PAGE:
Hud Bannon is a ruthless young man who tarnishes everything and everyone he touches. Hud represents the perfect embodiment of alienated youth, out for kicks with no regard for the ... See full summary »
A mountain man who wishes to live the life of a hermit becomes the unwilling object of a long vendetta by Indians when he proves to be the match of their warriors in one-to-one combat on ... See full summary »
When his cattle drivers abandon him for the gold fields, rancher Wil Andersen is forced to take on a collection of young boys as his drivers in order to get his herd to market in time to ... See full summary »
Shane rides into a conflict between cattleman Ryker and a bunch of settlers, like the Starretts, whose land Ryker wants. When Shane beats up Ryker's man Chris, Ryker tries to buy him. Then Shane and Joe take on the whole Ryker crew. Ryker sends to Cheyenne for truly evil gunslinger Wilson. We wonder about Shane's relation to Joe's wife Marian. Shane must clear out all the guns from the valley before he can ride off with Joey hollering "Shane ... Shane ... Come Back!" Written by
Ed Stephan <email@example.com>
In the face-off between Wilson (Jack Palance) and Torrey (Elisha Cook Jr., Torrey tells Wilson that he is "a low-down, lyin' Yankee". Although director George Stevens kept directing Palance at this point to smile--an expression of amused contempt at Cook--Palance continued take after take to show too much menace and not enough of a smile mixed in. Finally Stevens took Cook aside and whispered something to him. During the next take, Cook read his line, and added "and a son of a bitch, too!" This time, Stevens got his take. When Shane faces Wilson, Shane says, "You're a low-down Yankee liar". See more »
Prior to Shane and Joes fight, Shane flips the saddle bag up on his horse to tighten the saddle. The shot goes to a quick shot of Little Joey, then back to Shane. The saddle bag is back down and Shane is tightening the bridle on the front of the horse. See more »
I am little biased in favor of "Shane" because I was awed with this a young boy in the theater so it has some sentimental value. It certainly doesn't have the impact it did back then, but it will always be considered by many as one of the great classics in film history, certainly regarding Westerns.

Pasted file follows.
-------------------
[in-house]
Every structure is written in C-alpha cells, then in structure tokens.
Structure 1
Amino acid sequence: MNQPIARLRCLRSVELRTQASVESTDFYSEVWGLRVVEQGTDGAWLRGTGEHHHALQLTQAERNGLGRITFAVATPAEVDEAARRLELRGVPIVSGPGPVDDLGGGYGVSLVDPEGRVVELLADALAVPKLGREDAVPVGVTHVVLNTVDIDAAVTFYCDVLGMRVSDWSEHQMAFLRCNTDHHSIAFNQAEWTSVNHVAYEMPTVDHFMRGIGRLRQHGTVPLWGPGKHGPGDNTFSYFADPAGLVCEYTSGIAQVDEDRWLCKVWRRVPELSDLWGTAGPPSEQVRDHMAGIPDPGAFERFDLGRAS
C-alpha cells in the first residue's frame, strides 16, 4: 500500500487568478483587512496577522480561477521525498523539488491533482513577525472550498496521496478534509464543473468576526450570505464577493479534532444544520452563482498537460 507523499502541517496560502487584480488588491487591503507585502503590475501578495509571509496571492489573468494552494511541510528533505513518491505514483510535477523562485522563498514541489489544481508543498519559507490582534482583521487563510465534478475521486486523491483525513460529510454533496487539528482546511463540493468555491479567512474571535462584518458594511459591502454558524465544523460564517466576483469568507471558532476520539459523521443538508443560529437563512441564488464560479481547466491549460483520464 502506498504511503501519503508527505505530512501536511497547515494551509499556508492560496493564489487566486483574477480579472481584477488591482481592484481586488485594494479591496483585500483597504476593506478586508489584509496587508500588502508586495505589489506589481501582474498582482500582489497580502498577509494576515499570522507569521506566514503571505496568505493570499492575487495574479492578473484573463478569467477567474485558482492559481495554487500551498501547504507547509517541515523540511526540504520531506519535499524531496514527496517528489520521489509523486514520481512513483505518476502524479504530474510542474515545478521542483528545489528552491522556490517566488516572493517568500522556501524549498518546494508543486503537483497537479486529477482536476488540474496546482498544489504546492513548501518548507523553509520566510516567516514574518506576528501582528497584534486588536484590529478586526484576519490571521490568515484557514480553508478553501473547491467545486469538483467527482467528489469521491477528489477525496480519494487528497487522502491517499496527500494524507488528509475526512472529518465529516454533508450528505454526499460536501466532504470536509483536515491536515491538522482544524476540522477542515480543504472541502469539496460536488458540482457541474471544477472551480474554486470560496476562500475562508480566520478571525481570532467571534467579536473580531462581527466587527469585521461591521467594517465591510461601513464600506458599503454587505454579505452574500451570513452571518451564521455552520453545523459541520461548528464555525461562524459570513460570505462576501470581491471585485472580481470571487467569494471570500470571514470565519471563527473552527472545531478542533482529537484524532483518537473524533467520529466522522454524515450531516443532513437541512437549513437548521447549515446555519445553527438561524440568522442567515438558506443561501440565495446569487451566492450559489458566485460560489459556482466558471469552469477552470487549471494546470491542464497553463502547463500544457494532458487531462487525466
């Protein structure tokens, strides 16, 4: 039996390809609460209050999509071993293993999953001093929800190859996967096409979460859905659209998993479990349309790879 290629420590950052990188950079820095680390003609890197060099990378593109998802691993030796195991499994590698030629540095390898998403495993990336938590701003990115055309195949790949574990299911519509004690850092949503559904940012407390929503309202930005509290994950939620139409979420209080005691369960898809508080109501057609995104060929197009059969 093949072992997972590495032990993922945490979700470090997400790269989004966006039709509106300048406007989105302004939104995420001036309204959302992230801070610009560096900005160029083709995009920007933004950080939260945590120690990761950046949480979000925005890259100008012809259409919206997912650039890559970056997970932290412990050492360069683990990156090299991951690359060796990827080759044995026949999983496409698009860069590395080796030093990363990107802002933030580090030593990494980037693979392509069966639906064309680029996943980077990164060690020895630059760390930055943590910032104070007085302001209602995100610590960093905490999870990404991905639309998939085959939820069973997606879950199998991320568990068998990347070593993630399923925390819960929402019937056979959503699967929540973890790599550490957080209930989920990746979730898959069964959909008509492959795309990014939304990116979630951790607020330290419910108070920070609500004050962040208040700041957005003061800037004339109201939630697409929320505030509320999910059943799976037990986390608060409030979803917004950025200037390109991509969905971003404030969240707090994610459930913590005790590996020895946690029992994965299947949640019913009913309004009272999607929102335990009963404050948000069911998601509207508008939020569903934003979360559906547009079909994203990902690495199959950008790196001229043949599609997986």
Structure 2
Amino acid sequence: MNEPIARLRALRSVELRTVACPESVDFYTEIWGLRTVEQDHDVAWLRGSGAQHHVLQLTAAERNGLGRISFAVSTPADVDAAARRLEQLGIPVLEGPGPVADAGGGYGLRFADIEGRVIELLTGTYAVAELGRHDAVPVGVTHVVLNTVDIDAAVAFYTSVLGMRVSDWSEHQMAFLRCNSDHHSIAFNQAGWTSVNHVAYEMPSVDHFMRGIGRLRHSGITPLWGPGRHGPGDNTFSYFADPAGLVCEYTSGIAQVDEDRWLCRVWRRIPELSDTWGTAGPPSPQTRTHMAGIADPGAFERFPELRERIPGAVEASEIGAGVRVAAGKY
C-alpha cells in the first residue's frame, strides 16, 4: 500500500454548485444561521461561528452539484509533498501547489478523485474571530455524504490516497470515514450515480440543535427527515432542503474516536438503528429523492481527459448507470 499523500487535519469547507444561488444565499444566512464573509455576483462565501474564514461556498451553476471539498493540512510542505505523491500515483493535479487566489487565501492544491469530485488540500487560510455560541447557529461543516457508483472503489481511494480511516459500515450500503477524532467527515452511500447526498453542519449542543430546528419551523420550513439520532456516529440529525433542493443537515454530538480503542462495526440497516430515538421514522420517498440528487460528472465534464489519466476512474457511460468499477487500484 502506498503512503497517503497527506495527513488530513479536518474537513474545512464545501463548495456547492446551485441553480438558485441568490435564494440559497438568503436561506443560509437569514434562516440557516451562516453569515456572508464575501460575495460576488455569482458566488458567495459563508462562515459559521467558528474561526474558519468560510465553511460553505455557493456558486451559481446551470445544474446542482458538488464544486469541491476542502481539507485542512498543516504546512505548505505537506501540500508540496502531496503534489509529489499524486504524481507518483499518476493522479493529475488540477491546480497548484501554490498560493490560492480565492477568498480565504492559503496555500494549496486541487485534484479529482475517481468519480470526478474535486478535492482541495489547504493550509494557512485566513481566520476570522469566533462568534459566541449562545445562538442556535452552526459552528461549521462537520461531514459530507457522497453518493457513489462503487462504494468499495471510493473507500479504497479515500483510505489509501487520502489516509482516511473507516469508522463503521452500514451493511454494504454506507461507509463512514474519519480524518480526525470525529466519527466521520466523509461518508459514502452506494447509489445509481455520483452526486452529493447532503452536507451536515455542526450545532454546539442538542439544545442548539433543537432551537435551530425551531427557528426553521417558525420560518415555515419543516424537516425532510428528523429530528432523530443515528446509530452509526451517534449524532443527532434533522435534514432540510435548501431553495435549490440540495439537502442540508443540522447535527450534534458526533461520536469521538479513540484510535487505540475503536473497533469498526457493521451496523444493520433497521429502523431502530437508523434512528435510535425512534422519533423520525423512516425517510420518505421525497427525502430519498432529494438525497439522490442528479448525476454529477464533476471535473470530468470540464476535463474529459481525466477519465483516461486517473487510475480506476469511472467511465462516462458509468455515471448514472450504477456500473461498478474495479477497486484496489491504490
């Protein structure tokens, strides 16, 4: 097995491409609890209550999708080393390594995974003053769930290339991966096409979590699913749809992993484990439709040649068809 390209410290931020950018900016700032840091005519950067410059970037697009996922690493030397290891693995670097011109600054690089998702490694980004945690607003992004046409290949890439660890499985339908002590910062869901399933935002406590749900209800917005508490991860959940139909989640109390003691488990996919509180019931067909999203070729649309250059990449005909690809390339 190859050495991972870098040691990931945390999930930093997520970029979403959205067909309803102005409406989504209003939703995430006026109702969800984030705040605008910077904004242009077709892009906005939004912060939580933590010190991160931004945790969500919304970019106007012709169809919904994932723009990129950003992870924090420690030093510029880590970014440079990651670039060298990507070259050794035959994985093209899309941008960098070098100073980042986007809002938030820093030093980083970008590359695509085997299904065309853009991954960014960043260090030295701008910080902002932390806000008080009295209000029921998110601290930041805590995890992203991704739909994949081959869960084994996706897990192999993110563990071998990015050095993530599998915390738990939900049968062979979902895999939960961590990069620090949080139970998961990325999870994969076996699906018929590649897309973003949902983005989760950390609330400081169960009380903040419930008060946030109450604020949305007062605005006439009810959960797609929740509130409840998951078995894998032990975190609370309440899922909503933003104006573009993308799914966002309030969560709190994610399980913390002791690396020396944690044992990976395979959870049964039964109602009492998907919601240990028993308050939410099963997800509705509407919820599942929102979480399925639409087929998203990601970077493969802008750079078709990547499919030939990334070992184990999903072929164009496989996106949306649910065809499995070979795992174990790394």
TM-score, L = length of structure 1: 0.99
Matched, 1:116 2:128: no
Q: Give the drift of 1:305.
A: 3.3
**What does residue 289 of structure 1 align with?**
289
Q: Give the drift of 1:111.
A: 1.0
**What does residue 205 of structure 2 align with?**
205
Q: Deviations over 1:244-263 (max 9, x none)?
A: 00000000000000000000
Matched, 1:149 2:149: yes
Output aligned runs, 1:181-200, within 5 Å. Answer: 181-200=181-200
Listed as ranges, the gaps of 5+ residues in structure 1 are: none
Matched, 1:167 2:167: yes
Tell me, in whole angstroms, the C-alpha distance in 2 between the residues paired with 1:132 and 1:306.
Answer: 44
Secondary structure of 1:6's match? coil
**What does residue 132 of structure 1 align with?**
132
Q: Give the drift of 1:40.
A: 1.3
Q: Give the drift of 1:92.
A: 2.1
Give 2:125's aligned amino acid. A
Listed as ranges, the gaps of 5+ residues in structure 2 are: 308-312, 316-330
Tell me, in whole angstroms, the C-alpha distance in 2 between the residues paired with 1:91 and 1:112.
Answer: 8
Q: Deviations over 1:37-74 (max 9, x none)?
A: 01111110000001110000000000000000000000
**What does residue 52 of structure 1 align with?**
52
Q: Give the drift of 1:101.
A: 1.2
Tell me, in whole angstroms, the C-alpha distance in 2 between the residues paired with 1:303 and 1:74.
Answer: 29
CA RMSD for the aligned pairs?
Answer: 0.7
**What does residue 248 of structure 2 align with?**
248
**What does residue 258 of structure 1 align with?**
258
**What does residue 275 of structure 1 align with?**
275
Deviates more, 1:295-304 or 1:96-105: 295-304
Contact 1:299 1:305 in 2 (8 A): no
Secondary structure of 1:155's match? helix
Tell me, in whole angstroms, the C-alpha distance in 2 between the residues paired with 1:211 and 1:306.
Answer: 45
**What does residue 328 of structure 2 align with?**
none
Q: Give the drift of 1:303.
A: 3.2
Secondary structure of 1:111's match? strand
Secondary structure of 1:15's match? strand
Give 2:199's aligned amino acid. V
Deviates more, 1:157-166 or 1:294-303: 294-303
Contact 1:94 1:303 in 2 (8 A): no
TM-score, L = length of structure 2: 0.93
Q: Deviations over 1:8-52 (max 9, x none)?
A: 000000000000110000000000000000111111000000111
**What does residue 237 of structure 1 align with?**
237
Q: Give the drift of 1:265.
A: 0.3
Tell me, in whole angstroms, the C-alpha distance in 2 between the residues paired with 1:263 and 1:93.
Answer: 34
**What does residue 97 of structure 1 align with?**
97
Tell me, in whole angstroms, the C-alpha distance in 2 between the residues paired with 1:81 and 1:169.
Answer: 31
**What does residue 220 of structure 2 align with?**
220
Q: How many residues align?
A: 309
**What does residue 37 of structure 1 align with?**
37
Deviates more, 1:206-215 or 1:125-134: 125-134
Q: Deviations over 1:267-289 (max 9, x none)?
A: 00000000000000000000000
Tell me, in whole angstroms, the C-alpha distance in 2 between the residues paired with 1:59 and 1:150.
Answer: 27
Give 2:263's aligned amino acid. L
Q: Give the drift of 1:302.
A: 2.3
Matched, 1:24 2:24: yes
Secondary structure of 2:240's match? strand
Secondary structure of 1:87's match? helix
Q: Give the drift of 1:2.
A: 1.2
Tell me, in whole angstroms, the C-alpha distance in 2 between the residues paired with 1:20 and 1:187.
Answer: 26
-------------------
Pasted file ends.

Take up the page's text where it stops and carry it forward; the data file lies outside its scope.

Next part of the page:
These classics, particularly the westerns, were good vehicles in promoting values and definite good vs. evil stories. The evil here is personified by Jack Palance. He doesn't have many lines but he doesn't need them. His body language in this film spoke volumes, and he was one scary dude. Even the dog gets up and moves when Palance moves! However, an unsung role (eighth billing in the credits) in here was the one by Emile Meyer, who played the real villain in here, "Ryker." (Palance was just called in at the end.) A young Ben Johnson plays a member of his gang.
Alan Ladd, meanwhile, is the hero, the man who comes to the aid of family man Van Helflin, his wife Jean Arthur and young son Brandon De Wilde. The kid, De Wilde, steals the film and made himself into a young star with his role here. Whether feverishly chewing on his candy while witnessing Ladd fighting the bad guys or his plaintiff cries for "Shane!" at the end of the film, he made a memorable impression.
The only overdone part - as seen in so many old-time westerns - is the amount of punches people took, blow after blow, when in real life they would have knocked unconscious right off the bat! But, that's part of the genre, I guess.
"Shane" was a forerunner of many of western that copied its successful formula. This movie was so famous that a lot of newborns were named "Shane" for awhile.
"Powerful" is another adjective that describes this film - back then and still now. Great stuff!
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